Forward Prize for Best First Collection
‘Jackie Kay tells the story of a black girl’s adoption by a white Scottish couple – from three different viewpoints: the mother, the birth mother and the daughter. This unique and honest volume of poems has been adapted for radio. Also included in the book are new poems reﬂecting issues of sexuality, Scottishness and being working-class’ – Spare Rib
‘Jackie Kay has been gathering a reputation for a few years as an outstanding young talent in British poetry and playwriting… The Adoption Papers could well become a key work of feminism in action… a wonderfully spirited, tender and crafted contribution to Scottish writing, to black writing, and to the poetry of our time. It is a work of the utmost generosity and truth’ – Alastair Niven, Poetry Review
‘These are brave, honest, unsentimental poems… Kay’s poetry can be loud with pain and rage, but sometimes it’s as though she whispers too, entering dreams, allowing herself a delicate imagery… This book is full of fresh, remarkable poetry; its rhythms sing from the page, demanding to be heard’ – Elizabeth Burns, The Scotsman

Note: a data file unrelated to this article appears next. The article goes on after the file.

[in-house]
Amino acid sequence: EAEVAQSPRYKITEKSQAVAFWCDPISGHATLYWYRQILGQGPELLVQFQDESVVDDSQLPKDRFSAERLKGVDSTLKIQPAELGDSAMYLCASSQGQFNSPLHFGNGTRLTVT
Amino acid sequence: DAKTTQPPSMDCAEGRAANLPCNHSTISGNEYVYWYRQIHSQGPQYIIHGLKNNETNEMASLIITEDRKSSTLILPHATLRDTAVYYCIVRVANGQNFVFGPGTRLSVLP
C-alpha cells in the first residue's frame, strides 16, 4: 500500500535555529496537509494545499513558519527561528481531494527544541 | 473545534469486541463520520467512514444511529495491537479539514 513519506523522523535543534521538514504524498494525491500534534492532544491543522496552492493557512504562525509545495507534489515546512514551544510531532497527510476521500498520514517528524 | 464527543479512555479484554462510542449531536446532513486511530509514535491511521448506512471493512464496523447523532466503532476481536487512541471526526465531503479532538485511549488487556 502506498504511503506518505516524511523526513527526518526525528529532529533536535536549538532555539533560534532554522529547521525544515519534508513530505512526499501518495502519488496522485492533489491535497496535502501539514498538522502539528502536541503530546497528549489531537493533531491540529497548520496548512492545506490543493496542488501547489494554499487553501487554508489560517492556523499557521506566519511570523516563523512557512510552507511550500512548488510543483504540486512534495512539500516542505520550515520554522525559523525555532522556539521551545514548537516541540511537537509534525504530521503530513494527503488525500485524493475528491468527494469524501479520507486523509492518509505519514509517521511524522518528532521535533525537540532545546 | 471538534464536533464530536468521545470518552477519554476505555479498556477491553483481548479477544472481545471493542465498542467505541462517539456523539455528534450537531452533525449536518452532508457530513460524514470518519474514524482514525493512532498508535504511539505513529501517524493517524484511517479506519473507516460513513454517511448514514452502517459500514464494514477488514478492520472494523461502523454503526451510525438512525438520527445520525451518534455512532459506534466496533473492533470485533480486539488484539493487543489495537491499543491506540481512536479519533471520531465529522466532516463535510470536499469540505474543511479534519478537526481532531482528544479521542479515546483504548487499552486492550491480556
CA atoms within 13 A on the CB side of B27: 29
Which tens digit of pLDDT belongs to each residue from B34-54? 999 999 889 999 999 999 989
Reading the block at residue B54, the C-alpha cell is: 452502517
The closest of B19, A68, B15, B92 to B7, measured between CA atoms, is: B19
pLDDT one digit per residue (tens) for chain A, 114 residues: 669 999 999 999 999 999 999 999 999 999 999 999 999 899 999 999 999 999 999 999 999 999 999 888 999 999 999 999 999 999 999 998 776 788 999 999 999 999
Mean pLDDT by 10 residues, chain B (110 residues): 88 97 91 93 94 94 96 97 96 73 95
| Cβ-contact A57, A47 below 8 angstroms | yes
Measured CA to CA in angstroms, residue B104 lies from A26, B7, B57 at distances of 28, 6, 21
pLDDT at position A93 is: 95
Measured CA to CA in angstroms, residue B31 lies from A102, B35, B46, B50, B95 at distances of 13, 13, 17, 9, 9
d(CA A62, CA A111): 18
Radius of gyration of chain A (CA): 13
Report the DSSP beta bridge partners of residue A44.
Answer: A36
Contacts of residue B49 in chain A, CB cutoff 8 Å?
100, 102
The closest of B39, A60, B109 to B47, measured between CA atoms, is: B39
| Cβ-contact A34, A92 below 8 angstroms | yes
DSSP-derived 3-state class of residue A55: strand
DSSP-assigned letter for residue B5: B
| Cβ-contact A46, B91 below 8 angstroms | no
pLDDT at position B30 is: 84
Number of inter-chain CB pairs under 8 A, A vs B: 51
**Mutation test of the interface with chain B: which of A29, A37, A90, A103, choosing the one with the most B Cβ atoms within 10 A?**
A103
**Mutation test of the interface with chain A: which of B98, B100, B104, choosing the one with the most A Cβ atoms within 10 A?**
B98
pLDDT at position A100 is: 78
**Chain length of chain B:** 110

‘This poet’s history – a black child adopted and reared in Scotland – and the personae that have shone from her previous books in many genres since her first collection, The Adoption Papers, make reforging this particular identity an unusually complex matter. In different forms, tones and voices, these poems flicker fascinatingly between oppositions…The poems explore authenticity, allegiance, origins and memory through multiple masks’ – Ruth Padel, The Independent
‘Warm, tough, painful and often very funny poems’ – Fleur Adcock, Sunday Times
Jackie Kay reads six poems
Jackie Kay was an adopted child of Scottish/Nigerian descent brought up by Scottish parents, the subject of the title-sequence of her first collection, The Adoption Papers (1991). Her poems draw on her own life and the lives of others to make a tapestry of voice and communal understanding. It is through talking her characters into being that she creates her own sense of self through her poems, which are conversational in tone but with jazz-inflected rhythms. In the extract from The Adoption Papers with which she begins this reading, the two characters speaking are the adoptive mother and the daughter (with the birth mother speaking in other chapters). This is followed by her readings of five other poems, some with introductions: ‘In my country’, ‘The Spare Room, ‘Twelve Bar Bessie’ (about Bessie Smith), ‘Old Tongue’ and ‘Darling’, all from Darling: New & Selected Poems (Bloodaxe Books, 2007). Pamela Robertson-Pearce filmed Jackie Kay at her home in Manchester on 23 November 2007. This film is from the DVD-anthology In Person: 30 Poets, filmed by Pamela Robertson-Pearce & edited by Neil Astley (Bloodaxe Books, 2008).